An initial reaction to a diagnosis of lactose intolerance is often to consider avoiding dairy altogether. However this is not as easy as it sounds – lactose is often a hidden ingredient in foods, and is in many medications. Nor is it convenient – going out to eat can become fraught with worry, especially as the symptoms of lactose intolerance can come on quickly and can be embarrassing.
Dairy is also an essential source of calcium in our diets, maintaining bone mineral health and reducing the risks of osteoporosis. Click here for more information on the benefits of dairy. Any restriction of dairy should be discussed with a healthcare professional to ensure your diet contains the recommended daily intake of calcium supplements.
We strongly recommend that you maintain dairy in your diet by being careful about what dairy products you eat, how much and when. The tips below will assist you to reduce your lactose load while still enjoying the benefits of dairy.
Taking Lacteeze lactase enzyme supplements is the easiest way to manage your lactose intolerance, and eliminates the need to change your diet. However, if you are not taking lactase enzyme supplements the following tips may help minimise the effects of lactose intolerance:
- Consume smaller servings of dairy at a time. It is better to have several small servings spread out over the day rather than one larger serving. By doing this you will still receive the vital nutrients from dairy while minimising unpleasant symptoms.
- Eat dairy with other foods to slow the passage of the dairy through the gut and allow the lactase digestive enzymes more time to work.
- Use lactose-free products wherever possible. If you don’t like the taste of commercially bought lactose-free products, or find them too expensive, you can make your own lactose-free dairy products such as milk, butters, ice creams and cheeses using Lacteeze drops.
- The fats in full cream milk slow down the passage of the milk through the digestive system, allowing lactase enzymes more time to break down the lactose.
- Skim milk contains more lactose than full-cream milk, and low fat milks travel quickly through the gut so are less well tolerated than full cream milks.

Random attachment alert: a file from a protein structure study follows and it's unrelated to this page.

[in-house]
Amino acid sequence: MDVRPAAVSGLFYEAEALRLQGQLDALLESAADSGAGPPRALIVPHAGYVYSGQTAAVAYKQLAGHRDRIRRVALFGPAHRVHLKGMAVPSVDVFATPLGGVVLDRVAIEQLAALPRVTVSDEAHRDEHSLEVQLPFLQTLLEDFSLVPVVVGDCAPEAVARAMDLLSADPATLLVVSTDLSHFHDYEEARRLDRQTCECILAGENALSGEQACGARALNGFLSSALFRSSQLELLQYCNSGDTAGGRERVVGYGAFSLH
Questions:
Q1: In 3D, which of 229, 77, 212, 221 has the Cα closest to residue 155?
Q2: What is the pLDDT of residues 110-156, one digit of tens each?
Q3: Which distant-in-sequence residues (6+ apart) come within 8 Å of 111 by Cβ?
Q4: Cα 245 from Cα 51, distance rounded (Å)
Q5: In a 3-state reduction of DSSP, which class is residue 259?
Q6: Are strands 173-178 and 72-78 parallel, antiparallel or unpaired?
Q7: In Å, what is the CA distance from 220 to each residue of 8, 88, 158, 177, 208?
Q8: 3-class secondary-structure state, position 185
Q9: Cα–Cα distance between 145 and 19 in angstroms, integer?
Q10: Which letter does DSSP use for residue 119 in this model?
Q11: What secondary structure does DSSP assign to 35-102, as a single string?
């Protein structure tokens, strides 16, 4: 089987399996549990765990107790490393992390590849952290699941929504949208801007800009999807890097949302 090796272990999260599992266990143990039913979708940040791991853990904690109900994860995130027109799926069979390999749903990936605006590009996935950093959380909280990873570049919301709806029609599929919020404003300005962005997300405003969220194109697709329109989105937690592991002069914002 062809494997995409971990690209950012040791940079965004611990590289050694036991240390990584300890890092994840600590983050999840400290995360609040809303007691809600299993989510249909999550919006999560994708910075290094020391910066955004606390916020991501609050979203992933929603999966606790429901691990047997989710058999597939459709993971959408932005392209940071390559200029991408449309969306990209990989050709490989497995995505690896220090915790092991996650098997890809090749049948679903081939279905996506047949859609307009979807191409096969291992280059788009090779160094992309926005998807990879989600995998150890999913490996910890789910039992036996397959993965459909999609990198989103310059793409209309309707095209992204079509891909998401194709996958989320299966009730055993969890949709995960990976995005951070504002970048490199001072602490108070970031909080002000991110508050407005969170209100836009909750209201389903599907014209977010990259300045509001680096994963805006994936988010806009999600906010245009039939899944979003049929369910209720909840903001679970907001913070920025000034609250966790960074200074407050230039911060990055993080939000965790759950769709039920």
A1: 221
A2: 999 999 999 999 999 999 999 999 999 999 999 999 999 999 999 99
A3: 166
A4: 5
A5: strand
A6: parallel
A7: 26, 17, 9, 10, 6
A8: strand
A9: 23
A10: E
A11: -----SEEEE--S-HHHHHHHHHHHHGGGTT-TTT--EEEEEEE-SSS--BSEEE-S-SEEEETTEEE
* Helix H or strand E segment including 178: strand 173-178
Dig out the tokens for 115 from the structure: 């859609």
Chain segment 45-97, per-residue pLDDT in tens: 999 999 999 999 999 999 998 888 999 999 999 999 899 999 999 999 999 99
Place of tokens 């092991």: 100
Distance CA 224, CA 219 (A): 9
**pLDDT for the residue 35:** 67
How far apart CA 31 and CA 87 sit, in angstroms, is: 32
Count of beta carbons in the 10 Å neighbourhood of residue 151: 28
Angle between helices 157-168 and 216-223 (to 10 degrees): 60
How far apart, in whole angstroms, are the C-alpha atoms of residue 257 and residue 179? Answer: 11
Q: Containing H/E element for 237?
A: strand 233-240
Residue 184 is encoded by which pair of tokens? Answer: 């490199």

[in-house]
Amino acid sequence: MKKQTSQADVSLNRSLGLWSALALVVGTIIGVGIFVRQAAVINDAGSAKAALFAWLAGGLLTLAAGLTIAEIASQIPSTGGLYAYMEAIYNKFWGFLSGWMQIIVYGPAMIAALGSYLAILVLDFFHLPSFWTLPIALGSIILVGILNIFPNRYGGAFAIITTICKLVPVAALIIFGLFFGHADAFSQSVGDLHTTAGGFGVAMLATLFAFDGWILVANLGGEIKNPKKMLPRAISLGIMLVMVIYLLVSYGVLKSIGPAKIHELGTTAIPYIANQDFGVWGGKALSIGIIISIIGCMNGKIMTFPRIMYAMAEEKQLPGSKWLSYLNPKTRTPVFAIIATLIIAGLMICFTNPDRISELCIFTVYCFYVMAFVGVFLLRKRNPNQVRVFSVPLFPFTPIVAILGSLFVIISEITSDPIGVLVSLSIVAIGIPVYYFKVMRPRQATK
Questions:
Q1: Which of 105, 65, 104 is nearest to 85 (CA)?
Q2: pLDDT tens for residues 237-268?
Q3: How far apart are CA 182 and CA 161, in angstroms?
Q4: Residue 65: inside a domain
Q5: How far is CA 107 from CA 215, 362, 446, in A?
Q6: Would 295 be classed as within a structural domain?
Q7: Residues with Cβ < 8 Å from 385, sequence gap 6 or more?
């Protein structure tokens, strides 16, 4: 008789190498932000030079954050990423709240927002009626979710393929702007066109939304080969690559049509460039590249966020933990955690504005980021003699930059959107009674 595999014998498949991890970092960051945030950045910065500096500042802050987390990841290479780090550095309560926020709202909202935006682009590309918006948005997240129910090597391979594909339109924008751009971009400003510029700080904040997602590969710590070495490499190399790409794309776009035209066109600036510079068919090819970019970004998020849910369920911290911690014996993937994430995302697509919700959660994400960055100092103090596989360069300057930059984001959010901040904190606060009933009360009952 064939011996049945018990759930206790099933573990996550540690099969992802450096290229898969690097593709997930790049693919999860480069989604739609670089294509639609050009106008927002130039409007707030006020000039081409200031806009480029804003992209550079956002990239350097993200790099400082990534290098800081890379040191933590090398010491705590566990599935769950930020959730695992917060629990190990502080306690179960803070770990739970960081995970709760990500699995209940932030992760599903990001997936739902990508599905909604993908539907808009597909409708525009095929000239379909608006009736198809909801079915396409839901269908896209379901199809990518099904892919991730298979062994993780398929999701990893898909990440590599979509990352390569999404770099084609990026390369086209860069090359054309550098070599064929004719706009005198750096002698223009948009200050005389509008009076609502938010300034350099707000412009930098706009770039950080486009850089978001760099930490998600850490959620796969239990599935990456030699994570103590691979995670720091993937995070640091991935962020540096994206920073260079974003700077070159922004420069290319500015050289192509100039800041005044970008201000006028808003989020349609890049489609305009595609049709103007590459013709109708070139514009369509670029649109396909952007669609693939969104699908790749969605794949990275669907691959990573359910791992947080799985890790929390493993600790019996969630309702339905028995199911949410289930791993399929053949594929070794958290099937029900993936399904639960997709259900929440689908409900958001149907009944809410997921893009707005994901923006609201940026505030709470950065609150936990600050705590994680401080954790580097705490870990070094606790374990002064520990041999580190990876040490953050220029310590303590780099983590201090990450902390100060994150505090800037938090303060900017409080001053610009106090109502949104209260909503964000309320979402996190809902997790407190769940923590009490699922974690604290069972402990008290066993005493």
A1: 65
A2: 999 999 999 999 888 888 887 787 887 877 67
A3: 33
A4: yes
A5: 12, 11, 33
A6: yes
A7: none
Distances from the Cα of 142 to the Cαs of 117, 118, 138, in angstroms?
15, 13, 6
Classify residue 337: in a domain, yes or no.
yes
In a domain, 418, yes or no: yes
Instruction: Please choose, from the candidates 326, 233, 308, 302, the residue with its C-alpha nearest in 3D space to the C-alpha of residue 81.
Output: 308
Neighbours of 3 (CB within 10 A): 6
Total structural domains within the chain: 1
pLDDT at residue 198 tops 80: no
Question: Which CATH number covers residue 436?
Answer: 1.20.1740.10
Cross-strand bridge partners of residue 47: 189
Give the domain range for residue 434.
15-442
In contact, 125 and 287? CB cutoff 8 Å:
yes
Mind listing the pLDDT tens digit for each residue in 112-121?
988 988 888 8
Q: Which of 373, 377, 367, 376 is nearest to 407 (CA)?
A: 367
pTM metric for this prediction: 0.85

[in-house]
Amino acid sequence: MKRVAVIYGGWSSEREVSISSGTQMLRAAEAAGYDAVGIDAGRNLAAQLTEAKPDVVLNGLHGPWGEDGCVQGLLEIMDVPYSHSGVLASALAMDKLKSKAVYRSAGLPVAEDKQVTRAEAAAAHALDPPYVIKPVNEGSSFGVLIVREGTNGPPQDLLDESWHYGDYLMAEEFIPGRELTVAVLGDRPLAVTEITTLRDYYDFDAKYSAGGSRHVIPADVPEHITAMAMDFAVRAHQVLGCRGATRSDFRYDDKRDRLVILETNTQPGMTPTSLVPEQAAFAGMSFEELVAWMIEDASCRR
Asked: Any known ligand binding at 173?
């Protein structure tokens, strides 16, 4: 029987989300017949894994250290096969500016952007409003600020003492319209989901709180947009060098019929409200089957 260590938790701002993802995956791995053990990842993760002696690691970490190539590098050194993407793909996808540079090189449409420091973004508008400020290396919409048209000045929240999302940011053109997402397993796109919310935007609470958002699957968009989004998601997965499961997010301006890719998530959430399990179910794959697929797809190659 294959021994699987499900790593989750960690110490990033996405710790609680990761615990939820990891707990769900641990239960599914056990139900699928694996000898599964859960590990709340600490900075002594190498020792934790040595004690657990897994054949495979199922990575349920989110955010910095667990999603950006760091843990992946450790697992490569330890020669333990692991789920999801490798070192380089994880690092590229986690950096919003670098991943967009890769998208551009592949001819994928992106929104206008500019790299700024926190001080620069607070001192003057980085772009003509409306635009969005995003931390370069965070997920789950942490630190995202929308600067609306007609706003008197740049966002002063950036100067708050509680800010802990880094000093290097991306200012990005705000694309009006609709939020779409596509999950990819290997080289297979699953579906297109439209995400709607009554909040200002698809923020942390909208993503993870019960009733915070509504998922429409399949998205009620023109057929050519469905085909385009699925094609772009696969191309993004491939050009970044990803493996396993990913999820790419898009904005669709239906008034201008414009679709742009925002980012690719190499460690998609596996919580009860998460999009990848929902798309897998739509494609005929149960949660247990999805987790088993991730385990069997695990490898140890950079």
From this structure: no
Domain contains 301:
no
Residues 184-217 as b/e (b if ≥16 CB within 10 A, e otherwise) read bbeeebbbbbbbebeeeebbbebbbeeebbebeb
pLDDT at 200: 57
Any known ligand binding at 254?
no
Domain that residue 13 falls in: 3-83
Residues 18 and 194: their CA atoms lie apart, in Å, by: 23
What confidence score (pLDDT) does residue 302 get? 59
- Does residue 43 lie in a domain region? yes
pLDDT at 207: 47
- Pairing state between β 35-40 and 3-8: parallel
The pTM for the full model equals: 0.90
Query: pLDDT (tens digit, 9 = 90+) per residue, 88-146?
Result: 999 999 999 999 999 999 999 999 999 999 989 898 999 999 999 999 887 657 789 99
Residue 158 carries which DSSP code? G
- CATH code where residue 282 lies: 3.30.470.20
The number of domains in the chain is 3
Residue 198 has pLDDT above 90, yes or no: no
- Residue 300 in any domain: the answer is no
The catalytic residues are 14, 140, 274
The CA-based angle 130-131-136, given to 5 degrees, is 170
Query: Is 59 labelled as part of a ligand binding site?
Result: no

- Cultured yoghurt may be fairly well tolerated as it contains enzymes which help break down the lactose.
- Hard and more mature cheeses such as cheddar, Edam, Swiss, mozzarella, brie and feta generally contain very little lactose and are well tolerated.
- Lactose can be found in many processed foods such as baked goods, desserts, cheese sauces, breakfast cereals and milk chocolate. Wherever possible check the ingredients for milk products such as whey, milk solids or milk sugars.
- See Lactose Content of Common Foods to help you choose dairy alternatives which contain less lactose.
- If you are limiting your dairy intake, the following calcium-rich, non-dairy foods will help maintain your calcium levels
- Soy milk (fortified) including soy yoghurts.
- salmon (canned with bones)
- orange juice (fortified)
- chard or okra
- dandelion greens
- beans (pinto)
- turnip greens
- oatmeal (fortified) and
- bread (whole wheat, fortified).
- Many medications including some antihistamines contain lactose and this may not be marked on the label. If you are very sensitive to dairy, ask your doctor or pharmacist to check the fillers used in your medications. If you do find a medication is causing your digestive upset, taking Lacteeze immediately before taking the medication will reduce or eliminate your symptoms.
- Lactose is also a hidden ingredient in many foods, such as weight loss and sports supplements. We recommend using Lacteeze drops to reduce the lactose in liquid supplements, or alternatively taking Lacteeze tablets prior to consuming the supplement.